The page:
By Kantz, Matt | National Catholic Reporter, October 15, 1999 | Go to article overview
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Kantz, Matt, National Catholic Reporter

Concerns raised at Ontario court ruling on prayer

A recent Ontario court ruling banning the Lord's Prayer at the beginning of municipal council meetings in Penetanguishene could change the moral tone of local politics, a priest said.

An injunction by the Ontario Court of Appeal Sept. 24 prevents councilors from reciting the Lord's Prayer at the opening of meetings because a non-Christian resident felt intimidated by it. The court agreed with the individual's concern that recitation of the prayer "imposes a Christian moral tone on the deliberations of the council," reported the National Post.

Fr. Jeffrey Masterson, pastor of St. Margaret's Parish in Midland, Ontario, a neighboring town in the northern reaches of the Toronto archdiocese, expressed disappointment at the injunction. "I think it's unfortunate that our Christian traditions are being eroded by a small minority of people," he told the Catholic Register, newspaper of the Toronto archdiocese. "I think in this case it was one man who complained about it." Masterson said he feared the impact the ruling could have on the rest of Canada if other municipal councils take heed.

Pope's Iraq trip unlikely this year, Vatican says

Diplomatic problems have temporarily sidelined Pope John Paul II's hoped-for visit to Iraq later this year, Vatican sources said.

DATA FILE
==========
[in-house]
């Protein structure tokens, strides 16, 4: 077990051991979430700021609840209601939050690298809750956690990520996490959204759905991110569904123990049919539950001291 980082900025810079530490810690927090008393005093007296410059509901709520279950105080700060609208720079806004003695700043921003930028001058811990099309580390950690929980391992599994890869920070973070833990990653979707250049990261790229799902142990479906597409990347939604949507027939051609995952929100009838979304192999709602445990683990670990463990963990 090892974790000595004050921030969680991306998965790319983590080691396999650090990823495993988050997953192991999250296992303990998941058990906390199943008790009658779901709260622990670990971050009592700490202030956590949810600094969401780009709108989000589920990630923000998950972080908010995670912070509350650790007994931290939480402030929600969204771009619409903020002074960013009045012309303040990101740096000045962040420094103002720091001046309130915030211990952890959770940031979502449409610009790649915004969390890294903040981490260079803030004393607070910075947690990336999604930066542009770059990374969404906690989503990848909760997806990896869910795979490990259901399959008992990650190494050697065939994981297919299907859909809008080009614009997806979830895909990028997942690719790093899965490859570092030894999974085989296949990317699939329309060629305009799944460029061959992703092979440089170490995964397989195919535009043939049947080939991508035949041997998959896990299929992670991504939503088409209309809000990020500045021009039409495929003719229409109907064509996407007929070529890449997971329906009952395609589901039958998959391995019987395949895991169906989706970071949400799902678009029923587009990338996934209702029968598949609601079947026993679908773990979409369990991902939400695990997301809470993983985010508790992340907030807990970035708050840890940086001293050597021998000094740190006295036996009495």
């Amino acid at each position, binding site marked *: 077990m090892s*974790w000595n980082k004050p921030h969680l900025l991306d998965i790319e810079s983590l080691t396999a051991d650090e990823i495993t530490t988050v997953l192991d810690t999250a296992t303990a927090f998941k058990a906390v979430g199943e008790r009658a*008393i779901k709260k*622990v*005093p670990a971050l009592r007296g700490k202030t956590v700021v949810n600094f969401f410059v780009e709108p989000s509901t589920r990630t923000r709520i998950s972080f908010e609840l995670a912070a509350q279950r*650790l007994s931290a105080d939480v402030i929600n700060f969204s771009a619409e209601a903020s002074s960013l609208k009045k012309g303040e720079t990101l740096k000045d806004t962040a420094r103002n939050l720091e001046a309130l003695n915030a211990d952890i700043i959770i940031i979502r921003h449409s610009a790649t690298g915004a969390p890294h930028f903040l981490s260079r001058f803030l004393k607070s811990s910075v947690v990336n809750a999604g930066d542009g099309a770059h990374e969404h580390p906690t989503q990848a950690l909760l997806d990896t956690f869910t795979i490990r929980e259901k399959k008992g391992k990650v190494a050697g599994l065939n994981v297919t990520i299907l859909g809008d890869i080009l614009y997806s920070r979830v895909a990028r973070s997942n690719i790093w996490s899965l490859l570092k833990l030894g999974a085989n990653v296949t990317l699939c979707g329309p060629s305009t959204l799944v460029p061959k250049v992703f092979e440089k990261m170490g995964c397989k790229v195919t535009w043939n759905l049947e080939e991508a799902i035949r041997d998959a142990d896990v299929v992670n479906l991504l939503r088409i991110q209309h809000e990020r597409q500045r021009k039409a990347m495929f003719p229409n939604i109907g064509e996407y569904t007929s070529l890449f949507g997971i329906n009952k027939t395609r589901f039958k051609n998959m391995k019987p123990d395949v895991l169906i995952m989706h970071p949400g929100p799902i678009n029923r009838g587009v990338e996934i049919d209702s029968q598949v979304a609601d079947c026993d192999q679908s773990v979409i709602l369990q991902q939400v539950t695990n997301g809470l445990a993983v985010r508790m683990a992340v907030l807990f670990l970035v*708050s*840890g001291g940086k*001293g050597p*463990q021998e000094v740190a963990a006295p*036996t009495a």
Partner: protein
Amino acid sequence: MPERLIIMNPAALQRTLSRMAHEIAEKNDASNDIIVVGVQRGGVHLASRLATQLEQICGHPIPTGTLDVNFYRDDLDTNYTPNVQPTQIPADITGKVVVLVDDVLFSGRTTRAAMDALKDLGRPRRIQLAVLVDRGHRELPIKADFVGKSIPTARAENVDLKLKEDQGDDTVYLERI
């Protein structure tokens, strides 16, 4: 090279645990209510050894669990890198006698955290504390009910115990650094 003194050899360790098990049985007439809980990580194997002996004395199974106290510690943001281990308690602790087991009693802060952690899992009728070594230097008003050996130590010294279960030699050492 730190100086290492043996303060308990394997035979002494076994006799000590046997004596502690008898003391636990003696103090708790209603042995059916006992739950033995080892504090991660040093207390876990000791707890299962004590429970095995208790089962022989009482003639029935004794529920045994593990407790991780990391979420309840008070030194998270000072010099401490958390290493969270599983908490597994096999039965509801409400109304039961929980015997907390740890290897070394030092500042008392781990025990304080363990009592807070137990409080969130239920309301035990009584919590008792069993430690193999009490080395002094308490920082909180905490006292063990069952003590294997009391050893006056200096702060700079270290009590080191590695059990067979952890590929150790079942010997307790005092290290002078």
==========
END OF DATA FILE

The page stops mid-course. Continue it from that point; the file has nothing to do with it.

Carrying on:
Iraqi bishops were expecting the pope to visit in early December, but Vatican trip organizers have not yet traveled to Baghdad to make logistical preparations. The longer the delay, the more likely the trip will be postponed indefinitely, the sources said Oct. 6.

The sources said diplomatic negotiations on the visit between Vatican and Iraqi representatives were at a virtual impasse.

The negative church assessment came a week after several Iraqi scholars criticized the proposed papal visit in a letter published by the official Iraqi News Agency.

The scholars said they feared the pope could use the trip to excuse Western actions against Arabs and to ask forgiveness of Jewish "atrocities." They said that if the pope does come, he should condemn U.N. economic sanctions against Iraq and the civilian suffering they have caused.

Iraqi officials said the pope would be welcome to visit the country. But agreement on such a trip involves delicate negotiations on details that could have a global impact, such as whether the pontiff would visit Baghdad and shake hands with Iraqi President Saddam Hussein.

Human rights reports says India fails to protect Christians

A recent human rights report criticized the government of India for failing to protect the country's Christian minority against increasing violence.

A report on anti-Christian violence released Sept. 30 by the New York-based Human Rights Watch reviewed attacks against Christian churches and personnel, including the murder of pastors, the rape of nuns and the destruction of places of worship and religious institutions.

It said India's central and state governments have not ensured that Christian communities enjoy "the full protection of their constitutional rights to freedom of religion and equal protection under the law."

"The government has failed to prosecute offending individuals and organizations; instead, it has in many cases offered tacit support and indirect justification for the attacks," said the report.

It identified a pattern behind the more than 100 anti-Christian attacks in India over the last two years: Anti-Christian propaganda conducted by right-wing Hindu groups and local media, the exploitation of communal differences to mask political and economic motives underlying the attacks, state and local government complicity in the attacks, and the failure of the central government to meet its obligations to protect religious minorities.

Meanwhile, without explanation, Indian authorities expelled a U.

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